Charlie, a four-year-old Shih Tzu mix, held his head low and cried out when touched. His regular veterinarian performed blood tests and took X-rays, none of which revealed a reason for the neck pain. After discussing possible causes—a slipped disk and meningitis among them—the vet prescribed a trial of antibiotics and pain medication. At first, Charlie improved, but within a few days, his pain seemed to increase. Then he had a seizure.
See those beautiful lilacand plum-colored hills, dotted with darker stones on what looks like pathways? And the slopes that dive into valleys lined with translucent pebbles? But wait. These aren’t lavender-f lowered furrows. They’re a close-up view of the intestines in cross-section. The purple polka dots are inflammatory cells, out of place and infiltrating the tissues. This is inflammatory bowel disease, or IBD, as seen under a microscope.
Periodontal disease, the most common disease occurring in dogs and cats, is defined as plaque-induced inflammatory pathology of any part of the tissues that hold the tooth in the mouth. >Plaque is a soft biofilm that contains bacteria and toxins. It accumulates on the surface of teeth within hours after dental cleaning; if it mineralizes, tartar (calculus) forms.
For the vast majority of American dog owners, the question is a no-brainer: unless you breed dogs or participate in dog shows—or don’t mind being persona non grata at the dog park—you have your dog “fixed.” About 80 percent of U.S. dogs have been altered—relieved of their sex hormone-producing organs, a.k.a. gonads (testicles for males, ovaries for females), through a surgical procedure known as a gonadectomy (castration for the boys, spaying for the girls).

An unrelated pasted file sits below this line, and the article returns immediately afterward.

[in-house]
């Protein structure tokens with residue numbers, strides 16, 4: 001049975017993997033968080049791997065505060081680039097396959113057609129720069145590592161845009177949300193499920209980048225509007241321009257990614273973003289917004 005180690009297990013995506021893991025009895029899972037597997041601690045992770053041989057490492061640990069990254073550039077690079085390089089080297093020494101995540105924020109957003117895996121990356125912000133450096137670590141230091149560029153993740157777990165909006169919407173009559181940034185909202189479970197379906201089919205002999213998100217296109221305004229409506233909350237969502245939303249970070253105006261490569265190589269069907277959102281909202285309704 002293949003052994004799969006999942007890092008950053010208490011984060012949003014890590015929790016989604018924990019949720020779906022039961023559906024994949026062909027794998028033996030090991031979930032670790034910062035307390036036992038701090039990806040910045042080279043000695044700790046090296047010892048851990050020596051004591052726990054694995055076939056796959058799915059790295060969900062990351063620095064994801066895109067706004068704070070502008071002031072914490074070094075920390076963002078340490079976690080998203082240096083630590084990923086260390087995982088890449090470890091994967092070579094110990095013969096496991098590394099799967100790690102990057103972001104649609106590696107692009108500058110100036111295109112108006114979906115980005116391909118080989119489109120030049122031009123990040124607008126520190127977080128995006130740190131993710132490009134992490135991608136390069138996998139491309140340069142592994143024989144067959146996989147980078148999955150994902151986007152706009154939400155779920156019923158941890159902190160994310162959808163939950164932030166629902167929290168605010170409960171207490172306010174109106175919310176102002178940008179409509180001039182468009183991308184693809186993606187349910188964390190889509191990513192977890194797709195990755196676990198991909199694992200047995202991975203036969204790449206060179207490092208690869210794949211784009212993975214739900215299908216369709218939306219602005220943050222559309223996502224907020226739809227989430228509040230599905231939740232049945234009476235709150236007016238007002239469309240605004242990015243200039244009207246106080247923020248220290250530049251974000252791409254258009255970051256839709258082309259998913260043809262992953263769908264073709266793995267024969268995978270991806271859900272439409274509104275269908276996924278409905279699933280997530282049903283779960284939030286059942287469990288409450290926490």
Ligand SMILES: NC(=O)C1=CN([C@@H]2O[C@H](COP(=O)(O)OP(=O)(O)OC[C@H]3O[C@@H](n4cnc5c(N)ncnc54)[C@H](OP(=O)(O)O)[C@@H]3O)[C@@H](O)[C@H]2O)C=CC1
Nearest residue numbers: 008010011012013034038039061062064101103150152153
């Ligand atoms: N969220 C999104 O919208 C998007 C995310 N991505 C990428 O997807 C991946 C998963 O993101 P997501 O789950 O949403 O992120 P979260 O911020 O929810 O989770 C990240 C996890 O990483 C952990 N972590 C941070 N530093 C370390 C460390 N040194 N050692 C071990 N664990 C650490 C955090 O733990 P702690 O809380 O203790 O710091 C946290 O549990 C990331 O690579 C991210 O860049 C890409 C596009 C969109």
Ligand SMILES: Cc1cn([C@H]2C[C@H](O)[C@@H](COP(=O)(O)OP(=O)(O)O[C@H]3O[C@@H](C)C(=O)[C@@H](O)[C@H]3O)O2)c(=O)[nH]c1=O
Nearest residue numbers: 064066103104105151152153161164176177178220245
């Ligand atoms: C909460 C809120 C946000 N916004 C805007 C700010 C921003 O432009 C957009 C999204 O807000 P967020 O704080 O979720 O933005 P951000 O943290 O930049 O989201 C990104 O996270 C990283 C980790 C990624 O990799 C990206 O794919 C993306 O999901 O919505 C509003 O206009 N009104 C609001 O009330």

Somewhere in northern California, a tiny dog is still prancing around on four paws thanks to hyperbaric oxygen therapy (HBOT). Unbeknownst to the dog’s owner, a piece of string had become wrapped around his paw, hidden in the dog’s dense fur. As circulation in the paw slowed down, skin and tissue began to slough off. By the time the owner realized what was happening, the paw was in such bad shape that the little dog’s vet, understandably, recommended amputation. The owner, however, wanted to try to save it.